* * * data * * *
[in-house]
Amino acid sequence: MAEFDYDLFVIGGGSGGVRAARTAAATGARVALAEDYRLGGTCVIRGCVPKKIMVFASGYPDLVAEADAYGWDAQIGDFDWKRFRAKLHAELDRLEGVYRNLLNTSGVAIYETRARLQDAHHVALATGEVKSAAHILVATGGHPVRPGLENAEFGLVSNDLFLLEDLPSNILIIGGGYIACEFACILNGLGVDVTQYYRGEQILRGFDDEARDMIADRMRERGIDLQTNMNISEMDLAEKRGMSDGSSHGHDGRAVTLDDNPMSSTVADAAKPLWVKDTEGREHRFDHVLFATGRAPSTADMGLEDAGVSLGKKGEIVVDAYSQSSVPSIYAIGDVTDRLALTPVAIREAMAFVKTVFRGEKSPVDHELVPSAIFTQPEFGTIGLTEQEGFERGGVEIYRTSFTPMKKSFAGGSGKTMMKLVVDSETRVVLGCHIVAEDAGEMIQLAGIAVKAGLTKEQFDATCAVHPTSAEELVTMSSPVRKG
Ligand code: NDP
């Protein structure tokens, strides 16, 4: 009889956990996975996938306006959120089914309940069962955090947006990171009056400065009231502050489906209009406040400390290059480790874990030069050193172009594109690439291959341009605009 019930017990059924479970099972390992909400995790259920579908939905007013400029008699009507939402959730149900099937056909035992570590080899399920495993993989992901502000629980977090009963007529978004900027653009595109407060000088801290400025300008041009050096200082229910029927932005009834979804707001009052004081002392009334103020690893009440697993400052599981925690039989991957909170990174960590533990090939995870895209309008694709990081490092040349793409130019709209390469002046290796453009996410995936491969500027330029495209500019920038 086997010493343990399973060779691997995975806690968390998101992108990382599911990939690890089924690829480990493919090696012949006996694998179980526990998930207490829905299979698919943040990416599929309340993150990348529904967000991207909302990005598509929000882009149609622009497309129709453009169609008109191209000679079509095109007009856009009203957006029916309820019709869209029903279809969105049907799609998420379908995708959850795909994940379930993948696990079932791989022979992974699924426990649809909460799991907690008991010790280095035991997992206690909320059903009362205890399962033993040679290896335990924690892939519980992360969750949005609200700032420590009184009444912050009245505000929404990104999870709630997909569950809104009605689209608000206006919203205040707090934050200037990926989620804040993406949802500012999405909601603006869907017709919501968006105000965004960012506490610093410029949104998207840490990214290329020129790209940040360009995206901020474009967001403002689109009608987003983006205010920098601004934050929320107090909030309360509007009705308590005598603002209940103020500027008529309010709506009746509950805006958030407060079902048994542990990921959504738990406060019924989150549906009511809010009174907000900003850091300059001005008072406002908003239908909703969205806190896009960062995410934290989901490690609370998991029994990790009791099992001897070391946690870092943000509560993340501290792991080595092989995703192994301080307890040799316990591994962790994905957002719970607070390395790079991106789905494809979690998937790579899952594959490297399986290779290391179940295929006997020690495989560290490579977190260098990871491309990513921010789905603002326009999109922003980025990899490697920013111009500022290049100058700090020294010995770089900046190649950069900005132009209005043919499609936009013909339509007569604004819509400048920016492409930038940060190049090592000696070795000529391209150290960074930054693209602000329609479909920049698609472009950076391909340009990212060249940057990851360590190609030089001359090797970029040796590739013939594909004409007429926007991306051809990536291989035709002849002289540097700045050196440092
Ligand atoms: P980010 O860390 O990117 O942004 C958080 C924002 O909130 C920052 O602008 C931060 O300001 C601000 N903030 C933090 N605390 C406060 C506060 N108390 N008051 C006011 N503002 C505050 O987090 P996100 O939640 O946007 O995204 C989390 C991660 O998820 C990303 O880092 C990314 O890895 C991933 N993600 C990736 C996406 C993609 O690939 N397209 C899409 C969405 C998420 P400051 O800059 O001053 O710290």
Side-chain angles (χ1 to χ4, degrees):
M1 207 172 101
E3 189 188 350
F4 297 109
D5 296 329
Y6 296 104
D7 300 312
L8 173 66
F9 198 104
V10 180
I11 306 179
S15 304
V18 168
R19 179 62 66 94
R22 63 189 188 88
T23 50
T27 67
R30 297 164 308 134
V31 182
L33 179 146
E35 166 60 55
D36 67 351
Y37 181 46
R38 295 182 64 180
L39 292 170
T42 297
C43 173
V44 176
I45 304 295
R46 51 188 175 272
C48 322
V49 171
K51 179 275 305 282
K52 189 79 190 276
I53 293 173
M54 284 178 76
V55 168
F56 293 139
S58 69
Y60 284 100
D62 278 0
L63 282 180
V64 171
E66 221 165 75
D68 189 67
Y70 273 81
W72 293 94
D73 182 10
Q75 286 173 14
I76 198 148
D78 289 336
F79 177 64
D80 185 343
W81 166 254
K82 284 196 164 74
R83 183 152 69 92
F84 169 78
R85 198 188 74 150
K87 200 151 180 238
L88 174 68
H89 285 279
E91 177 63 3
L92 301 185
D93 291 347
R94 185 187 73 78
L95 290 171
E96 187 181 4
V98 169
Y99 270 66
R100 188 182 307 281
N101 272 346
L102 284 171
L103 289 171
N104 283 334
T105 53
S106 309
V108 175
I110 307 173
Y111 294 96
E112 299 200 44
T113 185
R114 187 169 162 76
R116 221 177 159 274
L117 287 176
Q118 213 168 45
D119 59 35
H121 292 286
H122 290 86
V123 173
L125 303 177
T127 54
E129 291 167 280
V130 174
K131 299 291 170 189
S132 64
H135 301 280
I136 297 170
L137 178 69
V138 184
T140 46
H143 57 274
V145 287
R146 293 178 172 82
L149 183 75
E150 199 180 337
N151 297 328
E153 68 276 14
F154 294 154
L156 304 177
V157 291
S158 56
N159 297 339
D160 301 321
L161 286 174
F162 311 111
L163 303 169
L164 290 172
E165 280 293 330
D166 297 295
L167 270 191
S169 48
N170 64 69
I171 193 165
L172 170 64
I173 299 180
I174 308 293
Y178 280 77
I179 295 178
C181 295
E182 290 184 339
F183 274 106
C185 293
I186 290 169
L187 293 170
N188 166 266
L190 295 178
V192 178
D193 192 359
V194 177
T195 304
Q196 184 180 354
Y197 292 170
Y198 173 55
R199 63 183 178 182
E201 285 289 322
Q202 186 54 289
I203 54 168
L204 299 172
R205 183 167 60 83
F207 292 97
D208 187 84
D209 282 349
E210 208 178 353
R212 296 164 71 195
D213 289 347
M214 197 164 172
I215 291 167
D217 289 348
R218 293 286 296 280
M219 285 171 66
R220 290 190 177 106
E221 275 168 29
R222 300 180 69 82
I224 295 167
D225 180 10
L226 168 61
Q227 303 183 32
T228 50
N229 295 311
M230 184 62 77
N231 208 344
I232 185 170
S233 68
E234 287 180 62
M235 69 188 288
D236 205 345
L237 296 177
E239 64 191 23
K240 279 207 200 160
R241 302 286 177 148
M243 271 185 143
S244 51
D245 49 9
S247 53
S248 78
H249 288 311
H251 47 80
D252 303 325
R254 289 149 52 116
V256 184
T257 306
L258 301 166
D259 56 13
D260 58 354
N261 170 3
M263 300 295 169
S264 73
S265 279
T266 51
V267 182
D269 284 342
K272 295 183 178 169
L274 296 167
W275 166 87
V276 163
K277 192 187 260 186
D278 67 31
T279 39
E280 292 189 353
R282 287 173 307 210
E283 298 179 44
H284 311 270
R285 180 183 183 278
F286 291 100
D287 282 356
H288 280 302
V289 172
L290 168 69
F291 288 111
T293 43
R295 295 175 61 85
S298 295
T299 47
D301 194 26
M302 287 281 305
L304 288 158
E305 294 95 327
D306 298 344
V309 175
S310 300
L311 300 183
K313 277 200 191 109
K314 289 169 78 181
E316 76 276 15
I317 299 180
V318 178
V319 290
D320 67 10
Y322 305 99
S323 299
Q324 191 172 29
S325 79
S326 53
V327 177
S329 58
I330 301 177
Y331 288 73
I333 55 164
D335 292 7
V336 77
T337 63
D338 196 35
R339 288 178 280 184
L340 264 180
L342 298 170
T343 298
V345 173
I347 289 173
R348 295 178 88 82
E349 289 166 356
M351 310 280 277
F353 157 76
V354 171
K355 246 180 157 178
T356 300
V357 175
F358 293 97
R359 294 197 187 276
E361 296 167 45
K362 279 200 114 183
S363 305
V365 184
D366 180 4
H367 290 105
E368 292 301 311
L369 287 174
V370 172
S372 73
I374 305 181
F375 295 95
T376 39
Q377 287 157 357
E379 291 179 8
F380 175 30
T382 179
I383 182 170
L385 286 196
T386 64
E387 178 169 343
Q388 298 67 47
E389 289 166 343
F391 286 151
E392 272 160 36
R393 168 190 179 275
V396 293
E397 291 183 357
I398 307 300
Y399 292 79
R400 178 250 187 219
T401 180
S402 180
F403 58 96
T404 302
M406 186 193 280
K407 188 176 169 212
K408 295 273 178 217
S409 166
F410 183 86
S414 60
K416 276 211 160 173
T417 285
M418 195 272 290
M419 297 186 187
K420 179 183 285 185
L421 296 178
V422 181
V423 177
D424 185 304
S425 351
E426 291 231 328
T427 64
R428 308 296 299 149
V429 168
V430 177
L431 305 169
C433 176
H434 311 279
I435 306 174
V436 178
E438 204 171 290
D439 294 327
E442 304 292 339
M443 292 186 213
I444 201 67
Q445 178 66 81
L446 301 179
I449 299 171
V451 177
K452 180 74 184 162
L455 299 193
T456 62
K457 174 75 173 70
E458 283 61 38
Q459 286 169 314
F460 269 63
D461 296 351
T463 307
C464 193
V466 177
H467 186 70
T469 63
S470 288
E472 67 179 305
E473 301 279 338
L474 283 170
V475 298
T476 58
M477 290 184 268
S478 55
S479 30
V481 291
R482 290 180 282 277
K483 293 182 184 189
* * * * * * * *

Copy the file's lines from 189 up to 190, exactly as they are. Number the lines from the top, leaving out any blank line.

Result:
S247 53
S248 78